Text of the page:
The large number of Nolans still in the area tends to confirm the family story passed down the generations that my great-grandfather John Nolan’s family supposedly raised horses in or around Ballinasloe early in the 19th Century. I wish I would have thought about using the telephone book for leads earlier as a side trip to Athlone about 30 miles north of Ballinasloe might have been productive.


I copied down the names and addresses of the Nolans listed as living in Athlone with the thought that I might one day write them when I get back home to Memphis. Wouldn’t it be great if the vanished Matthew and Honora Nolan (my great-great-grandparents) turned up in an Athlone resident’s genealogy? Well, at least that opens up another door to explore in my seemingly, never-ending search for the Irish portion of the Nolan family heritage.


Some time later, I wrote each of the Athlone Nolans a letter explaining my research project and asked for their help. As noted in my book, “Nolan-Miller Family History” on pages 29-32, five responded and returned my self-addressed, stamped envelopes. For ease in future research for those also rattling the Nolan name in their family history, following are the names and listed residential location of those I wrote. Included are the responses of those Nolans who replied:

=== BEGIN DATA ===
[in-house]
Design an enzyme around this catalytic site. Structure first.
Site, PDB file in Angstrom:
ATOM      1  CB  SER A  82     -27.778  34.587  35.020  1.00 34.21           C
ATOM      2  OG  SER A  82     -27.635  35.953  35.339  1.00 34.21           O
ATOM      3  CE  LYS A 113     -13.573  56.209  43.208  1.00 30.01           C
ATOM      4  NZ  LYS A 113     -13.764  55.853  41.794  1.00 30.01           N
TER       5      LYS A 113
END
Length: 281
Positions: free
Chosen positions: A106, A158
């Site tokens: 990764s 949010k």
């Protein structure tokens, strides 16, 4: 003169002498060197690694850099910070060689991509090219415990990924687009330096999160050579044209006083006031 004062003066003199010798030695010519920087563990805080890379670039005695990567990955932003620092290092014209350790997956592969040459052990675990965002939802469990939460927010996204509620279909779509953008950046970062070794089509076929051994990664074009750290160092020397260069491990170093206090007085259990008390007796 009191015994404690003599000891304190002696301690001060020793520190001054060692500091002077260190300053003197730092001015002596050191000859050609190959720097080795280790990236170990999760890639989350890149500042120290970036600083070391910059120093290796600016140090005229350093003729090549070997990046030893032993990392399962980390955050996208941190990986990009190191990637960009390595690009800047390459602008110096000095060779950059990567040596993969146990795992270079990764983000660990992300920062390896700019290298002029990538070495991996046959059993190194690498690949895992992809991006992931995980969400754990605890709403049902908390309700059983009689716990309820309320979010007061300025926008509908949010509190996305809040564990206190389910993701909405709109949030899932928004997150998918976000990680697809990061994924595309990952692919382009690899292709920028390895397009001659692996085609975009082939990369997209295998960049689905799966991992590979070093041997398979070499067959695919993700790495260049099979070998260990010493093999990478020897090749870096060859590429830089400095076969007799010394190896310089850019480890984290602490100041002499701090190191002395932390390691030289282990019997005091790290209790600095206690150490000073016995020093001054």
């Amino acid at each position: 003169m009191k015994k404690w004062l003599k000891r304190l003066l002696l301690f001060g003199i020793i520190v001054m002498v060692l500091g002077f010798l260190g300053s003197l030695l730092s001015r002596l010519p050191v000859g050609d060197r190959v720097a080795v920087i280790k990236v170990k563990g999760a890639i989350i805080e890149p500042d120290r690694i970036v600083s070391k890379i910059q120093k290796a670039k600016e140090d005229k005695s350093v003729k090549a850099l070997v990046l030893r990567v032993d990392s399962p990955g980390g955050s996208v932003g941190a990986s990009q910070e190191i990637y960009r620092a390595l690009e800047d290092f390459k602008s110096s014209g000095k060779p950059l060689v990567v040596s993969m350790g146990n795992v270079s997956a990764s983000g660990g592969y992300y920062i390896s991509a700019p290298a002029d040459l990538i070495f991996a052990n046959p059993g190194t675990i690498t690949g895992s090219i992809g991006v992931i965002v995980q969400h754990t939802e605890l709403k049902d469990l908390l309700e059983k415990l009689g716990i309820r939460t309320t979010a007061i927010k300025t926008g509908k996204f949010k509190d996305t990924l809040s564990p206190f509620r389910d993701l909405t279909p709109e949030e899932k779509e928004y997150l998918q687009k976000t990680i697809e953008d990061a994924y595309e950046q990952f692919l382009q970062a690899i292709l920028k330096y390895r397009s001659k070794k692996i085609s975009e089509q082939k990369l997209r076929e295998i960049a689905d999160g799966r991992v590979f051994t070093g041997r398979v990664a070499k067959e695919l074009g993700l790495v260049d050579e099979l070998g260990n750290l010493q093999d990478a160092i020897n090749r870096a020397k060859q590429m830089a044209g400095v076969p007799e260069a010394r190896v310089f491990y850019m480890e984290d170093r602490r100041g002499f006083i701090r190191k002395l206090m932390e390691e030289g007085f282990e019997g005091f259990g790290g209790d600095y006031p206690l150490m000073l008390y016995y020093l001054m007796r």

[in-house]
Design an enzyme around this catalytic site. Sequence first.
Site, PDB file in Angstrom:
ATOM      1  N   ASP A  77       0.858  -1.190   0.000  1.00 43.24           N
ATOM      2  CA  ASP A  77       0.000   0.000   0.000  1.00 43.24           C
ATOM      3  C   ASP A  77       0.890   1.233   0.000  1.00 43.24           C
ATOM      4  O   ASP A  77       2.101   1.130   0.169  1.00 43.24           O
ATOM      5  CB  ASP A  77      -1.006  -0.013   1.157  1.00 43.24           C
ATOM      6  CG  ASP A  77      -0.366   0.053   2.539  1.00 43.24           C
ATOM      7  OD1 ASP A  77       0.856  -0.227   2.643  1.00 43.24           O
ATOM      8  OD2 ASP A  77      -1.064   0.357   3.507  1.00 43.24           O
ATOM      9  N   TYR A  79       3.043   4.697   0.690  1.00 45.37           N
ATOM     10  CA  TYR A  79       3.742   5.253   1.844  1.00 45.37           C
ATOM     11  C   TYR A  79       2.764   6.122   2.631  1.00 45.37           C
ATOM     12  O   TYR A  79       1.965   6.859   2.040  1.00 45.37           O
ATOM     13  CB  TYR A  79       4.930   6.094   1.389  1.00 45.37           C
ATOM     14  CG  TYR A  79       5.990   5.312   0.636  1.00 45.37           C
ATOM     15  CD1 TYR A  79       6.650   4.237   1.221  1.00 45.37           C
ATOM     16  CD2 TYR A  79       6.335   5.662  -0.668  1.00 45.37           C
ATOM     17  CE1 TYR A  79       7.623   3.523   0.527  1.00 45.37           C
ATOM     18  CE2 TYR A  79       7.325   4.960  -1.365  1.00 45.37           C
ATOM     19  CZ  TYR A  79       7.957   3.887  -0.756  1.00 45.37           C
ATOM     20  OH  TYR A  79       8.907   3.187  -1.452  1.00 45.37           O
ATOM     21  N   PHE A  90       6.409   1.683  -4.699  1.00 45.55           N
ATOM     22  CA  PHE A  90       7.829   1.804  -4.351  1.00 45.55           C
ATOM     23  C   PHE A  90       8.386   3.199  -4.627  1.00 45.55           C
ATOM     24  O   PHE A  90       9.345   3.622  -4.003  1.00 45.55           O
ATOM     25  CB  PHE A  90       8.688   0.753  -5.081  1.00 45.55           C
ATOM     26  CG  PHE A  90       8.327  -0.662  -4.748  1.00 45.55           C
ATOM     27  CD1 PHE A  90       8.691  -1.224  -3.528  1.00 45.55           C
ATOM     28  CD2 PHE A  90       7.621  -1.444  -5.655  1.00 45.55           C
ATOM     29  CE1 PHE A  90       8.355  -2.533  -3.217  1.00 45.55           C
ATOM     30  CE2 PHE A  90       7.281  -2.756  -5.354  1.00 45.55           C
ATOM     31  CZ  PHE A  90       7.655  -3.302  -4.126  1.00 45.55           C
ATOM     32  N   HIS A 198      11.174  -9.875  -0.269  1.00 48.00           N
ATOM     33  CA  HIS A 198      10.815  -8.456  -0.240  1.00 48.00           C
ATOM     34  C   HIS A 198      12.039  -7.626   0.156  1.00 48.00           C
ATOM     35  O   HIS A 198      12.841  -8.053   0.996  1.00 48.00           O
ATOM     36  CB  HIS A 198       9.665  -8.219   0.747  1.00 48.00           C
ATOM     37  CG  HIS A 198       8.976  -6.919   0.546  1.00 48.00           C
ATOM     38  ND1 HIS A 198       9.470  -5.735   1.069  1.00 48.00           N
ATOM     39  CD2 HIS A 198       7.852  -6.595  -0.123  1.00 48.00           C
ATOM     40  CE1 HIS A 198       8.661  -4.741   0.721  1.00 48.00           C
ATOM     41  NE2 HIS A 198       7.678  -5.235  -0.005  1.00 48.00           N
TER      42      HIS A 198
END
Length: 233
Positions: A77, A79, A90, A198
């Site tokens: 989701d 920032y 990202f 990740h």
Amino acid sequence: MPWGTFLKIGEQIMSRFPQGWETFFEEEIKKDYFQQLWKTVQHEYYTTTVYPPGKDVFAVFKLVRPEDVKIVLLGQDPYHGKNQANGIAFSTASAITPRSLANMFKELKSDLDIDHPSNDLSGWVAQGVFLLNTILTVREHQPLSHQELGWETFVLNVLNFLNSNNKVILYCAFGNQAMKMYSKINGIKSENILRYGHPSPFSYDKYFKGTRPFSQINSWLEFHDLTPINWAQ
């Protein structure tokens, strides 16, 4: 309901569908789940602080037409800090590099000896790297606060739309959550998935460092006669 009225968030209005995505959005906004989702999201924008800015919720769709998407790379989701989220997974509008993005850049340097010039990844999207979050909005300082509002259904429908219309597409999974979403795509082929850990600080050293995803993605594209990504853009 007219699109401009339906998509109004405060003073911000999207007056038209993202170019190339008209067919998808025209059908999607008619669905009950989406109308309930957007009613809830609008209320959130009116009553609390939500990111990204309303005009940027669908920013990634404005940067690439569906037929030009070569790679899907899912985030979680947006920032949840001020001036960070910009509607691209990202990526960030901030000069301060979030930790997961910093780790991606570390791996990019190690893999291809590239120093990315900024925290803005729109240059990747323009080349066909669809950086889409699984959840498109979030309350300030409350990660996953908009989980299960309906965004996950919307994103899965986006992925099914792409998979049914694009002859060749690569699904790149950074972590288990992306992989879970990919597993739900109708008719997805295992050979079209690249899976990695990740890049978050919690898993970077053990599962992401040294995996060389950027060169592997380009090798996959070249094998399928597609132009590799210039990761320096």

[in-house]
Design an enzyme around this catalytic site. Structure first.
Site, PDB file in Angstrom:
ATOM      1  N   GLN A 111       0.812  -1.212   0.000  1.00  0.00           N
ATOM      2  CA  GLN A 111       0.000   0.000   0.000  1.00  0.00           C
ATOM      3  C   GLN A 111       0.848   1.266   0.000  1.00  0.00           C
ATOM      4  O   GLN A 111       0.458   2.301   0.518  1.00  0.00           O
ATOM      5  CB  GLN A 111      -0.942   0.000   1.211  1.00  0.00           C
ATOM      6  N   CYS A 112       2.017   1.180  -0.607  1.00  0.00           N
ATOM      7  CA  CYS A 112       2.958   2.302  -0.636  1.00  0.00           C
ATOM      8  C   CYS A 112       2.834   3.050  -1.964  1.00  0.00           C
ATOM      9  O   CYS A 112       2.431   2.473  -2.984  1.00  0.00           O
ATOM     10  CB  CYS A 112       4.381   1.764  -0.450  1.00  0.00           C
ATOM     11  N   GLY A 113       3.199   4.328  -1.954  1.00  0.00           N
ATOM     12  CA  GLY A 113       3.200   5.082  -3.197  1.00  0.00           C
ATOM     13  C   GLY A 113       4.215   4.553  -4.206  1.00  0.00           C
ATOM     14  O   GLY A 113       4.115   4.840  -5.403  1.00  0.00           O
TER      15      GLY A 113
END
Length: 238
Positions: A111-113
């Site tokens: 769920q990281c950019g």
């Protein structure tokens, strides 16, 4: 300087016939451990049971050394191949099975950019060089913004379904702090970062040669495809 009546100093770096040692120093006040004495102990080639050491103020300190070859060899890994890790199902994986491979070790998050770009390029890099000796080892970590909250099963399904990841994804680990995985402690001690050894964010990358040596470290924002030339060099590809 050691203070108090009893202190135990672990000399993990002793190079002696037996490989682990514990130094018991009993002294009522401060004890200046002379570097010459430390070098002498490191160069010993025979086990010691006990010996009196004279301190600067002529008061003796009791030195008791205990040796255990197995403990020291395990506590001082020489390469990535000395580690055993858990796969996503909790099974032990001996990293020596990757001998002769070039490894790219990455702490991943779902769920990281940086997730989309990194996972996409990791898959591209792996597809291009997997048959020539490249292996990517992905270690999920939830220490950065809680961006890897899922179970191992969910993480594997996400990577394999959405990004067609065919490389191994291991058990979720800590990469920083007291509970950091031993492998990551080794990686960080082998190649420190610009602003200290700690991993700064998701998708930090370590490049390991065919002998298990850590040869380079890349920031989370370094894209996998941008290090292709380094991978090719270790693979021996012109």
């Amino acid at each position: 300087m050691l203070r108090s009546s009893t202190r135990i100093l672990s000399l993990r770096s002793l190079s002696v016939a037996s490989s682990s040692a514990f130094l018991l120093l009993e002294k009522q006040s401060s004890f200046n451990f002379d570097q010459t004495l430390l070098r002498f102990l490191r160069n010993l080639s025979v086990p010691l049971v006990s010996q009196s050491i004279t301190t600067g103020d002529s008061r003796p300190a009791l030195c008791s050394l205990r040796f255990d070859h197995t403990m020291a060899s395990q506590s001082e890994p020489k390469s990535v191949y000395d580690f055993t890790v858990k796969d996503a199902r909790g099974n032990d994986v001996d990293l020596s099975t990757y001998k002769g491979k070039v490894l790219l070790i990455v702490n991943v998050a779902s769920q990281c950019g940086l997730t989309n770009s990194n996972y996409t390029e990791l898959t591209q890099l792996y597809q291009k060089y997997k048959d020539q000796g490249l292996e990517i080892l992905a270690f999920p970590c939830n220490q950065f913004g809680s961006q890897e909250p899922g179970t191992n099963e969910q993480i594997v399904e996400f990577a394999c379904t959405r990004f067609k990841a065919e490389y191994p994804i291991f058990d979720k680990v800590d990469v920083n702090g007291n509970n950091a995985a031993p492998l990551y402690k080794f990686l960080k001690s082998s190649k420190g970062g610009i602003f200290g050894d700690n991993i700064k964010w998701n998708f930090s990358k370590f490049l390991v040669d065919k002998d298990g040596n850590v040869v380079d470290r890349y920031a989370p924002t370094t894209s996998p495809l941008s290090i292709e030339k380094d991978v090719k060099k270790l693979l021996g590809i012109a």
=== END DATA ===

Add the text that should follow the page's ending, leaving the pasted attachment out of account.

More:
• Bertie, vicar at Tuam.
  • Eugene, Coohan Ballydangon.
  • Frank, vet. Surgeon, College la Connaught.
  • Helen, Clonown Rd.
  • John, Portlick Glasson.
  • John S., Woodlock, Ballymahon Rd., Cloghanbay.
  • Kitty, The Laurustines, Barrymore.

-          She responded that, “I do not believe that our family of Nolans is connected to your family. My father-in-law originated from Headford in Co. Galway and he came to Athlone over 80 years ago. I am living in the residence on Roscommon Road, three miles out from Athlone which he built, as I was married to his son, who is deceased. My father-in-law’s name was Timothy Nolan and his son (my late husband) was Martin Nolan. He also had a brother, Frank Nolan, who lived in the town of Athlone. They also had one sister, married in Dublin to a man called Tom O’Grady. I have four sons and three daughters. One of my sons, M. J. Nolan, is working in New York. Did you write to a Eugene Nolan, who lives near Ballinasloe? He may be connected to you. There is another family of Nolans outside Athlone in that direction. . .”